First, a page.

Economists Banerjee and Duflo are celebrated for their work on global poverty but they won't be winning awards for the graphics on the website that supports their book "Poor Economics" (link). Thanks to a reader for the pointer.
Here is one view ("radial") of the data:
Here is the so-called linear view of the same data:
And here is what the data really look like:
The linear view contains a host of misleading features. The length of the row of bubbles does not indicate how many total hours the individual spends doing the selected chores, not even directionally. Instead, the length is a proxy for the number of bubbles per person, which is a measure of the variety of chores - the more chores, the longer the chain of bubbles.
And then, you ask where the color legend is. This information is hidden in the mouse-over effect, or in the drop-down menu by clicking "compare daily activities". It's a bit of wasted energy to have to press on various bubbles in order to understand which color is mapped to which chore, isn't it?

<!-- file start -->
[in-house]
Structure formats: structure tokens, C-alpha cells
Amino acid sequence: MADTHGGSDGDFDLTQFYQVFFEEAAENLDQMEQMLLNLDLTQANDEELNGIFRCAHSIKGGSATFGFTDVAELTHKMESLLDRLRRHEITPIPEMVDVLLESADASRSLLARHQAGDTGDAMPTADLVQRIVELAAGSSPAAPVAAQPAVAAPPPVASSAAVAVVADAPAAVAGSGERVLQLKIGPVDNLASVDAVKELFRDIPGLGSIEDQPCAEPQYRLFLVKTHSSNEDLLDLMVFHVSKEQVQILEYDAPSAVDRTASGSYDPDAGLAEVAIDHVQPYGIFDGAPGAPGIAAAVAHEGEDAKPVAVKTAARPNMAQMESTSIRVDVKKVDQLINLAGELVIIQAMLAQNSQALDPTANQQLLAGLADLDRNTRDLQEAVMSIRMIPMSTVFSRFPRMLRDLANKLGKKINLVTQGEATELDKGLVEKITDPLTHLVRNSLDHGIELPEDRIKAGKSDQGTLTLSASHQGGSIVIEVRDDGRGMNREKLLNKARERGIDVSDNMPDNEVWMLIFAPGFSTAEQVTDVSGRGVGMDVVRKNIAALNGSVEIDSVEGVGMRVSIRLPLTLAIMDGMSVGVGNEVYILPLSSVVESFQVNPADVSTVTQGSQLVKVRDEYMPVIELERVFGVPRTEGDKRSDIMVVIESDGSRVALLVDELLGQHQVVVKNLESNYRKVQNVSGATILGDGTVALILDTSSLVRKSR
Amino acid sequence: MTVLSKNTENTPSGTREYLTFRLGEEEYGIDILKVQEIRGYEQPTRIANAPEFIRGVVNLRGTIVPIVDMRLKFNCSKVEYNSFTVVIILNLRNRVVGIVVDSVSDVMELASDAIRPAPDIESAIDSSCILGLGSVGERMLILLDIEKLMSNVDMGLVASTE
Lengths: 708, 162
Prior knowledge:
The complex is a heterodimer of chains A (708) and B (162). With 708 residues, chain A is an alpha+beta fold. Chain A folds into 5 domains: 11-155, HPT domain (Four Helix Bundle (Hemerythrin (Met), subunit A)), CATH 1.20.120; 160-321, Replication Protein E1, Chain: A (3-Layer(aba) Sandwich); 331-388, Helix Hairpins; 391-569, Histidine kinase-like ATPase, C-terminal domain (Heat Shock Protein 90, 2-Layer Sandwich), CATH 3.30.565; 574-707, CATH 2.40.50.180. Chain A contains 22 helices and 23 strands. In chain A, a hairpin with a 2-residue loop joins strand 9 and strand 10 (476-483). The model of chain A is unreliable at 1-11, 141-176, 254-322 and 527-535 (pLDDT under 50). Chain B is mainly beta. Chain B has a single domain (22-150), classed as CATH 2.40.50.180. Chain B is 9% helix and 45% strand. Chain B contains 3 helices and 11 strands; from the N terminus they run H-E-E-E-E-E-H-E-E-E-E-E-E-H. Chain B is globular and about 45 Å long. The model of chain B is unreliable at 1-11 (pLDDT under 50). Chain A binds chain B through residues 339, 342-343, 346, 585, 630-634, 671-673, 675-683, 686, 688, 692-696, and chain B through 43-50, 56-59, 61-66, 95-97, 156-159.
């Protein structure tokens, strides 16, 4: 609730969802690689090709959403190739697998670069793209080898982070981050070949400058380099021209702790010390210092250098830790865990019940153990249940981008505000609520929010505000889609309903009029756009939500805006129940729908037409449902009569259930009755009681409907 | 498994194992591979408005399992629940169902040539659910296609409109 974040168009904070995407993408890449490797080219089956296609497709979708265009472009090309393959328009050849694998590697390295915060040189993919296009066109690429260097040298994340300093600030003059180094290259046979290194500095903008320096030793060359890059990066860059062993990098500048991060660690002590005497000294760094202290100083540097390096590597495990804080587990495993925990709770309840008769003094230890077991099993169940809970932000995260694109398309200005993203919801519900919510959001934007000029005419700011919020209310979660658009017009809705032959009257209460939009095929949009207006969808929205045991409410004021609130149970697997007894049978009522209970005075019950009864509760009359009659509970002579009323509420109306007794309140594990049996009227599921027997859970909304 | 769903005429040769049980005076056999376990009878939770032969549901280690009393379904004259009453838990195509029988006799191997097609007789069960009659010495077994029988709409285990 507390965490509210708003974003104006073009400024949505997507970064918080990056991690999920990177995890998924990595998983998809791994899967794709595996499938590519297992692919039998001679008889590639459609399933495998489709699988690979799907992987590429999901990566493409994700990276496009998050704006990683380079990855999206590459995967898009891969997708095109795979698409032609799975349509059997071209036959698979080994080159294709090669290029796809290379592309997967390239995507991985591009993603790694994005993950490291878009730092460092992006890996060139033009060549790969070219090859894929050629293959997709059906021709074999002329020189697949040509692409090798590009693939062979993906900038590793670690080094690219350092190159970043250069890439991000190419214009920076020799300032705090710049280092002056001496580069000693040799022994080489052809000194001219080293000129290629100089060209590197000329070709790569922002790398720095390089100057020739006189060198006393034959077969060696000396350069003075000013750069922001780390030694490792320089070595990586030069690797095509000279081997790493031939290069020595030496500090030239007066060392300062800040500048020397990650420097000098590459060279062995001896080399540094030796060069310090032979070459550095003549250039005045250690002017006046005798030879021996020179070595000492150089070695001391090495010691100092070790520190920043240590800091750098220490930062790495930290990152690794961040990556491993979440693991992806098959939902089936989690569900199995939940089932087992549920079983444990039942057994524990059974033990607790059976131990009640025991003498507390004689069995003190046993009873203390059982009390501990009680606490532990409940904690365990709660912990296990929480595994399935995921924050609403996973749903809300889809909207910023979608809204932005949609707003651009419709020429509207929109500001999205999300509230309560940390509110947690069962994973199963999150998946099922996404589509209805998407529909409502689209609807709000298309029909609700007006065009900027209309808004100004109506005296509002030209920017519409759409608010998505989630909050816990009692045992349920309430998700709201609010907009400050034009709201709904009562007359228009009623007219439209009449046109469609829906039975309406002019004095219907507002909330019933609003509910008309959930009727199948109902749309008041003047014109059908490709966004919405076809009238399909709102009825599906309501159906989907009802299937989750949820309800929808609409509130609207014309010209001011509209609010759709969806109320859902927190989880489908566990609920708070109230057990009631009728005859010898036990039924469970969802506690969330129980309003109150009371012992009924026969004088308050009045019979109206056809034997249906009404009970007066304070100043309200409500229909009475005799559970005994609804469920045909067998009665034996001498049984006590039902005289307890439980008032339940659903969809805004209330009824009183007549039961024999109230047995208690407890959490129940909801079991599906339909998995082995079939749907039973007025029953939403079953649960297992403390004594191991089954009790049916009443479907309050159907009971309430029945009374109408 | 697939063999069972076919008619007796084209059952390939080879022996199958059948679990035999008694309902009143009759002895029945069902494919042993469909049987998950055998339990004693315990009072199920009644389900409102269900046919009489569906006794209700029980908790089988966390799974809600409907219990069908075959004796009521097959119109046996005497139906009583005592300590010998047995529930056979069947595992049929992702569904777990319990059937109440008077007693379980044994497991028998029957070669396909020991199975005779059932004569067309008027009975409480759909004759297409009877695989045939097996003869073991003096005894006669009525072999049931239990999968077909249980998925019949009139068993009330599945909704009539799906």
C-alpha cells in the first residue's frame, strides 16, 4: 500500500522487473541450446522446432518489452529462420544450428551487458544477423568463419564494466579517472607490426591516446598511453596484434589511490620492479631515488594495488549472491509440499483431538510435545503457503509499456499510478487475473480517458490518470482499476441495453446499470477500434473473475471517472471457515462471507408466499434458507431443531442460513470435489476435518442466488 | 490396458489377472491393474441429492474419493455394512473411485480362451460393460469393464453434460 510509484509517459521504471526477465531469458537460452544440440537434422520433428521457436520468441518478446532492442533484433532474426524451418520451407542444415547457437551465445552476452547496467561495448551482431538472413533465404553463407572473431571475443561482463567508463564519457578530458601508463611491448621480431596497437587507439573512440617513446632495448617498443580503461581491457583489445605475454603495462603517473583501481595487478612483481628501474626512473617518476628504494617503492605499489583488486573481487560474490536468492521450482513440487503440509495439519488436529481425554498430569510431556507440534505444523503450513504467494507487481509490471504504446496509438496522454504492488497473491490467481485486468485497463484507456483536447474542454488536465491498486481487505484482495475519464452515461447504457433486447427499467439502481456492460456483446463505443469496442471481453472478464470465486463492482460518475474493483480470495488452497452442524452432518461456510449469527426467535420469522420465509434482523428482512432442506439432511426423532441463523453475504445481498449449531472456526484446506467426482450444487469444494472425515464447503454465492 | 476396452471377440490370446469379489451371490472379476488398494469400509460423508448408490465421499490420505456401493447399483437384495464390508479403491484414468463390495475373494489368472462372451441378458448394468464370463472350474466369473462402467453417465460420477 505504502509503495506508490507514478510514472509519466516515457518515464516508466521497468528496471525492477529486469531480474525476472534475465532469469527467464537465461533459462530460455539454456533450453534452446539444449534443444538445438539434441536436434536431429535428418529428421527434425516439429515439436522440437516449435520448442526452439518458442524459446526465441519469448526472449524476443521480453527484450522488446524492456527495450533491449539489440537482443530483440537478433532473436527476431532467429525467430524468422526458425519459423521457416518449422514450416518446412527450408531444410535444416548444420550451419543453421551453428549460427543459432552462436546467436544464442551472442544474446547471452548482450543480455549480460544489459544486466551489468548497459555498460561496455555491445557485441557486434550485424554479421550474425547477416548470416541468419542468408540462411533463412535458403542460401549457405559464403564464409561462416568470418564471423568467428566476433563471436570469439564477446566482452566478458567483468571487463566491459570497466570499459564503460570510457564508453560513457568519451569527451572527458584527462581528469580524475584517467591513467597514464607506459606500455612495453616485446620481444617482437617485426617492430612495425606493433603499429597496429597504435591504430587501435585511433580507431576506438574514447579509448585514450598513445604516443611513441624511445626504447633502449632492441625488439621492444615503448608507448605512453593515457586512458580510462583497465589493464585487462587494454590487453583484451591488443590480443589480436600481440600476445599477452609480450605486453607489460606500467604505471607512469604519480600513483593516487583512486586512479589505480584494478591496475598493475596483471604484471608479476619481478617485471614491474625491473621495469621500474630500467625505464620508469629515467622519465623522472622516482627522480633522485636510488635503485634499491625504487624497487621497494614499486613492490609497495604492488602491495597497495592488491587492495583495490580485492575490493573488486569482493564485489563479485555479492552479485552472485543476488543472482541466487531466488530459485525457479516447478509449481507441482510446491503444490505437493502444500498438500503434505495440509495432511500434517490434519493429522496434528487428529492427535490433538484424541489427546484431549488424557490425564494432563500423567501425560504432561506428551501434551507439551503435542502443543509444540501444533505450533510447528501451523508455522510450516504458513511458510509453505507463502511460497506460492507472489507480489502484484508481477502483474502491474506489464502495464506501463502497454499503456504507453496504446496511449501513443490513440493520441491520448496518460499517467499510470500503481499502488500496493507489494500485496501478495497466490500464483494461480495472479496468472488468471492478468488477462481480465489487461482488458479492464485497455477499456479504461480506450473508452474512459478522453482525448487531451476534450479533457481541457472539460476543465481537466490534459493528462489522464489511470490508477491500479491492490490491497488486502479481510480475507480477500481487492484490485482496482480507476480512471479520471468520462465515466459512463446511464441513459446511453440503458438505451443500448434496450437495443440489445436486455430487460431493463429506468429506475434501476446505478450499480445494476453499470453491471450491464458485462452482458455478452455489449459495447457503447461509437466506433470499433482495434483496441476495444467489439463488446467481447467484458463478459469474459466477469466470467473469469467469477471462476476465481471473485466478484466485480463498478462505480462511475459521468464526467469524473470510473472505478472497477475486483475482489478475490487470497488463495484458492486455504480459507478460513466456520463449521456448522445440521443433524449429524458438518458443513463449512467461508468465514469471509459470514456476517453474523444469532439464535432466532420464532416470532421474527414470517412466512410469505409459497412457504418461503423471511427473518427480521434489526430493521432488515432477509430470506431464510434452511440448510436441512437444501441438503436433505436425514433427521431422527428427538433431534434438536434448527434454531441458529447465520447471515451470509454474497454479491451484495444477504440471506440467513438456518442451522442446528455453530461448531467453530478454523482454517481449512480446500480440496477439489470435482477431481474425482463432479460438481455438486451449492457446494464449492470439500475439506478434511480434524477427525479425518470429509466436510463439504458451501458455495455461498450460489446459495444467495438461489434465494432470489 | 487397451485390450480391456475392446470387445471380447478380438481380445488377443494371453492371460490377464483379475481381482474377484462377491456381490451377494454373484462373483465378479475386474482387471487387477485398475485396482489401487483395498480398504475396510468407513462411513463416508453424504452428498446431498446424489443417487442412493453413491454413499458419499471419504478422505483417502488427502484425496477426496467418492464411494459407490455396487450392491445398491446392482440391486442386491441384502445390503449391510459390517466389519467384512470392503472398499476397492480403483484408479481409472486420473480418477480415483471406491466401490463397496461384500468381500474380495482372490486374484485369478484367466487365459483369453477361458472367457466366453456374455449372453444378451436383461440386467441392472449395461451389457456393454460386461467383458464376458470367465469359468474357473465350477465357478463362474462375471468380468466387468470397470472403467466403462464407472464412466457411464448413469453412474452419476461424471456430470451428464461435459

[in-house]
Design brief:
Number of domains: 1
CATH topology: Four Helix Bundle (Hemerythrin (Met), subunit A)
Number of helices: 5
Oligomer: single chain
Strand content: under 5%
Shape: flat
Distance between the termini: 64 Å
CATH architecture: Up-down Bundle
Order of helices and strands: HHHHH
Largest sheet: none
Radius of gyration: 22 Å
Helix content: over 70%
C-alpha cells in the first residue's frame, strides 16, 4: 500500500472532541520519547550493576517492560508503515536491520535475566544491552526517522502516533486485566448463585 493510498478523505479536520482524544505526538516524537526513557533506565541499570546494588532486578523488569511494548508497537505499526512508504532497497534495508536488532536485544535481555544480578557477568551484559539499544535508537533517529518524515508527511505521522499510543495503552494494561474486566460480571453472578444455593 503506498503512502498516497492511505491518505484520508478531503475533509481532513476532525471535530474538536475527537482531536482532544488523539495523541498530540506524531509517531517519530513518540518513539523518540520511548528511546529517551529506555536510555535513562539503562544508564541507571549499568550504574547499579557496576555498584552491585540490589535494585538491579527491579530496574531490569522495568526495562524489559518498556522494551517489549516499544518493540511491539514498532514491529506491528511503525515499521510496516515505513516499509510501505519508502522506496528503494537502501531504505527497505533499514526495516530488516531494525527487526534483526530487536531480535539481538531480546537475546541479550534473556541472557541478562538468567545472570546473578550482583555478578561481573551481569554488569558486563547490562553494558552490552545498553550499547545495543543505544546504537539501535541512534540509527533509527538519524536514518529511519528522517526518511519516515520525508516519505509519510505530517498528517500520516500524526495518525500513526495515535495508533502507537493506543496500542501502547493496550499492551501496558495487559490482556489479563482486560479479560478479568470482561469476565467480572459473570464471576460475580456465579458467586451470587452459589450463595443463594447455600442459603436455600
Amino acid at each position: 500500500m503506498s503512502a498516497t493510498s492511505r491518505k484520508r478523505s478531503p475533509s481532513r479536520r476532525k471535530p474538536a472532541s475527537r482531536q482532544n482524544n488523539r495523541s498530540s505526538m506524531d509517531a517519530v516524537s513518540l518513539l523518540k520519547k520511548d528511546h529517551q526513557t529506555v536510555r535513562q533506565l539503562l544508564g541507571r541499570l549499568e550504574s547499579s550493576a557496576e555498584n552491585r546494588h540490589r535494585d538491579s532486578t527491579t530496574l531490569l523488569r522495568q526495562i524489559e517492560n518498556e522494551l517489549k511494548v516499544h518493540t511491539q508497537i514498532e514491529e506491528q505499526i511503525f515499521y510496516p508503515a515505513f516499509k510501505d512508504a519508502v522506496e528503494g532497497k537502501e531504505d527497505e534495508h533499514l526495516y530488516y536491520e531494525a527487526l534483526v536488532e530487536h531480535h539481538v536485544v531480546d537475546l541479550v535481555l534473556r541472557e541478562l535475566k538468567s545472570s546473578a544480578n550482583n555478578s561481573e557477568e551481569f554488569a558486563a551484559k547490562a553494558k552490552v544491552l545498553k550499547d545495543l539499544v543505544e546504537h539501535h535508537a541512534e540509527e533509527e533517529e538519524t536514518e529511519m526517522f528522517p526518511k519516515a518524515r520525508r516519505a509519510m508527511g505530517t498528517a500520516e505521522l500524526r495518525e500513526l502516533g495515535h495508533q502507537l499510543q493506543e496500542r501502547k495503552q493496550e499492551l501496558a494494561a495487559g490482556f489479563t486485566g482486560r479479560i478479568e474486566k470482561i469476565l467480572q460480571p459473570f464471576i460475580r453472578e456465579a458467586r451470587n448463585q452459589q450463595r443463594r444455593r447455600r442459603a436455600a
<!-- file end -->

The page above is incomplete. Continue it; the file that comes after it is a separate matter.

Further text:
The chart also contains a brainteaser. What is the logic behind the order of the individuals?
And finally, what to make of the little orange circles dancing around the chart? (They also decorate the radial view.) Go to the page and try clicking.
Our version tries to do "less is more". One of the tricky features of this dataset is the profusion of little categories capturing daily activities that occupy 0.5 to 1 hour of someone's time. Instead of printing every activity, I chose to bundle all activities requiring less than 1 hour into a single "Others" category.
The "total" category is a reference level. One can also choose to print white boxes around every single bar and eliminate that row.